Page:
Where to visit in Alfarnate...
Many varied and unique places to visit...
For such a small village, Alfarnate has many varied places of interest to visit. There’s the beautiful old town hall dating back some 400 years for a start. Then Almayate has not one, but two churches to have a look at; the Ermita de la Virgen de Monsalud with its interesting frontage is as old as the town hall, but the Santa Ana church with its imposing tower is the main one.
Another interesting visit is the curious Cerro Santo Cristo chapel, perched on a hill above Alfarnate, more of a shrine than a church. And talking of curiosities, the Museum of old tin toys is certainly quite unique for the Axarquia!
However, the place you’ll definitely want to visit is La Venta de Alfarnate Inn, which apart from serving some delicious food typical of the area, has a fascinating history going back some 500 years, including being a base for some famous 19th century bandits!
if you’ve visited any of these places, don’t forget you’re invited to leave a comment describing your experience, (note that a Facebook account is necessary).
The Ayuntamiento, or town hall, is one of the oldest buildings in Alfarnate, dating back to the 16th century.
The Mudéjar style building was a former grain warehouse built on two floors.
The lower floor has two parallel aisles to the facade and opens onto the street via exposed brick arcades resting on three Roman arches.
The upper floor house three Roman arches which match the lower floors.
Its address is: Plaza de la Constitución Nº1, Alfarnate.
Santa Ana church & Virgen de Monsalud hermitage
The most outstanding building in Alfarnate is the Iglesia de Santa Ana, the Santa Ana Church (photo left), built in 1736 and altered in the 19th century. It is on Calle Sacristìa, 9.
During the Spanish Civil War all the images in the church were burned and the church was used as the headquarters of the Republicans.
Also, it is said that one of its bells from the tower was taken to the Spanish city of Seville where it was put in the Giralda.
One of the best times to visit the church is during the September celebration when it is decorated with fabrics, tapestries and medieval lanterns.
The other main church in Alfarnate is Ermita de la Virgen de Monsalud (photo right), an even older building from the 16th century, that was also desecrated during the civil war.
Its frontage is particularly notable for its porticos, which sit on pilasters interconnected by semicircular arches. It is on Calle Ermita, 31.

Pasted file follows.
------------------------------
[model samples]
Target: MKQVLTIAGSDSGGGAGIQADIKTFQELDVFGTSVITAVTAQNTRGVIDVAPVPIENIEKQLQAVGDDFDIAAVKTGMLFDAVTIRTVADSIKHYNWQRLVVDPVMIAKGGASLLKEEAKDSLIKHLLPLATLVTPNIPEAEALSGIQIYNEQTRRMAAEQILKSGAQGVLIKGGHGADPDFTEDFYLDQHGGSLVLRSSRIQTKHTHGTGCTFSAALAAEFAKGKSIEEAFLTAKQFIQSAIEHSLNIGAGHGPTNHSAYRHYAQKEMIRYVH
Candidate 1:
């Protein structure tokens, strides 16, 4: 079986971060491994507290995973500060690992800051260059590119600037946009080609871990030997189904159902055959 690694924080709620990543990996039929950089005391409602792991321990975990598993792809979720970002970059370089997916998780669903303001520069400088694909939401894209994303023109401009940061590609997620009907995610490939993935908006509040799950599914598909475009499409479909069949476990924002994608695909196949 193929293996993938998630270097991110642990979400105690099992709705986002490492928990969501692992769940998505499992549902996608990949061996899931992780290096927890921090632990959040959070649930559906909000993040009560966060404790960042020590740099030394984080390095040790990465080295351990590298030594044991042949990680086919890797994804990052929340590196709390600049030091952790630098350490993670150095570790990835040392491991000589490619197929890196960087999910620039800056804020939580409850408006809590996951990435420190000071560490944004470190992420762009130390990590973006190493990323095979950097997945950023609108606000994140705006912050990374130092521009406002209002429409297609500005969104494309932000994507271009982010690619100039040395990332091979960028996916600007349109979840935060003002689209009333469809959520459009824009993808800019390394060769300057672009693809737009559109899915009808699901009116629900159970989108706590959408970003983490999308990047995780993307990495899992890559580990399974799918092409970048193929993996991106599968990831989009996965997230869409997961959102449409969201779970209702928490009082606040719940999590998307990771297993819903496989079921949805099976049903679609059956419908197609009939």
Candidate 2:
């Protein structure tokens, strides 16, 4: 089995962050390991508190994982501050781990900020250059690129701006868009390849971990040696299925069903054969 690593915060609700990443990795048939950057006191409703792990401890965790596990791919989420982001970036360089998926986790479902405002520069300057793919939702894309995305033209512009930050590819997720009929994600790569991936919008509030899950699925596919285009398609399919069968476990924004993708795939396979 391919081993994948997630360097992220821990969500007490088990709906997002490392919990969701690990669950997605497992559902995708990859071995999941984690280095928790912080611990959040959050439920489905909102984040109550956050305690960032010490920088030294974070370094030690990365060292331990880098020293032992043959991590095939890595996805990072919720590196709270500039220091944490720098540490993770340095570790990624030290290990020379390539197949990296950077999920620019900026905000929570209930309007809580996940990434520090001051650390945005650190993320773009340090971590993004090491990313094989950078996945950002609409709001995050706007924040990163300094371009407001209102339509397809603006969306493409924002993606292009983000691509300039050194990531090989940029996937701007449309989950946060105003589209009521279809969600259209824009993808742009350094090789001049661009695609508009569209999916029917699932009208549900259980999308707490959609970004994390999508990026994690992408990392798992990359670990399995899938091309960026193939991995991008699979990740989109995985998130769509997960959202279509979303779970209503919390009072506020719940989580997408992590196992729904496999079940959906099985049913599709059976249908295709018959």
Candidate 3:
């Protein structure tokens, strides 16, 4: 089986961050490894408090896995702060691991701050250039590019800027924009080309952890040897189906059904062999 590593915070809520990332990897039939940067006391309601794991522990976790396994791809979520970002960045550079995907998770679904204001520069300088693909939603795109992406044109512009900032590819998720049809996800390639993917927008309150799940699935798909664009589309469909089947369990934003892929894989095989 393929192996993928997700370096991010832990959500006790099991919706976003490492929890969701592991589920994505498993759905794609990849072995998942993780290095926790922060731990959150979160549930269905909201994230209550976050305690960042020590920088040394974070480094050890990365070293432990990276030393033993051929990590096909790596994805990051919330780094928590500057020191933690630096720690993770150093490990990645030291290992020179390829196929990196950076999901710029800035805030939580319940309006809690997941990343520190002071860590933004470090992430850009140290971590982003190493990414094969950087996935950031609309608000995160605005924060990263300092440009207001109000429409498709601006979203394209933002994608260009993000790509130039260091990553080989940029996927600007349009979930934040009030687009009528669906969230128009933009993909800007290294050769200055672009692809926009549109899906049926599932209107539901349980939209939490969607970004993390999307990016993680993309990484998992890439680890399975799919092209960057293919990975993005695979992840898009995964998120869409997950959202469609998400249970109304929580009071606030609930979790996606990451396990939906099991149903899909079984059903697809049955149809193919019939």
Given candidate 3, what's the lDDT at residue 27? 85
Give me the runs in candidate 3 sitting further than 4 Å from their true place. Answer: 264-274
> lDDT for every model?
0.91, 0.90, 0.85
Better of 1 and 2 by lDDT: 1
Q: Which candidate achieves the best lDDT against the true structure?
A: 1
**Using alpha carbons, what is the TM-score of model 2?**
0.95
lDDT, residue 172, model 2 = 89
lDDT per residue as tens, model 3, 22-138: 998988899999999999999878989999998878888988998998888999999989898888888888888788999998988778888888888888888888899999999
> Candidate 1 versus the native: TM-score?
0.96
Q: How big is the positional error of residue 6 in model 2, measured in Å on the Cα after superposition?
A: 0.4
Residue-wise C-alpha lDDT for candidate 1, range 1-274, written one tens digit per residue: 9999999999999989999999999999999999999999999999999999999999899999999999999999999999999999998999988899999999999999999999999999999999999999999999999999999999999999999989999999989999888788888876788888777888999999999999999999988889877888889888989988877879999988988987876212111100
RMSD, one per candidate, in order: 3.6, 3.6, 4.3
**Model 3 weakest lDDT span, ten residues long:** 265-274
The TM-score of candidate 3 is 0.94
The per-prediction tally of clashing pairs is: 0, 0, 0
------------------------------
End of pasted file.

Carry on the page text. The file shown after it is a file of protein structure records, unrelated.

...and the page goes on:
Museum of old tin toys
The ‘Sterling Tin’ Alfarnate Association opened in 2011 to the general public with an Expo-Hall Antique Toy Museum, called ‘The Museo de Juguetes Antiguos’.
The exhibition is located on the premises of the Association. Viewings can be arranged through the contact information on their website – www.latadeley.es.
Opening hours and visits are everyday from 10.00 to 1.00 in the morning, and from 5.00 to 8.00 in the evening.
Situated in Calle Cruz, 13. Check at the local Tourist Office for more details.
Cerro Santo Cristo Chapel
An unusual building on the outskirts of the town, perched on a limestone hill, surrounded by rocks, pine trees and holm oaks.
The whitewashed stone rectangular building has a large barred window where there is an image of the crucified Christ on what looks more like a rustic altar than a chapel.
The area has some lovely views and there are some benches and tables nearby as well as some tracks into the countryside. At night, this spot is illuminated so that the chapel, as well as the limestone rock beneath it, can be clearly seen from the village.
The chapel still holds outdoor masses, and in particular the shrine which will be visited by believers on the first Friday of March.
La Venta de Alfarnate Inn
This famous country inn supposedly dates from the 13th century (though its deeds originate in the 17th century), and takes advantage of the numerous Andalucían and Spanish travellers passing through.
Situated between the inland and the sea it was the perfect spot for travellers to change their horses, and, as mentioned before, may have well have been the original reason for the village’s settlement.
Today Venta Alfarnate, which is situated 2 kilometres from Alfarnate village, is a restaurant and museum, which houses various tools used by bullfighters, popular arts and memorabilia of the bandits that stayed there. One of the typical dishes of the inn is ‘huevos a lo bestia’ – eggs which contain fried bread with fried eggs, loin with butter, blood sausage and olives.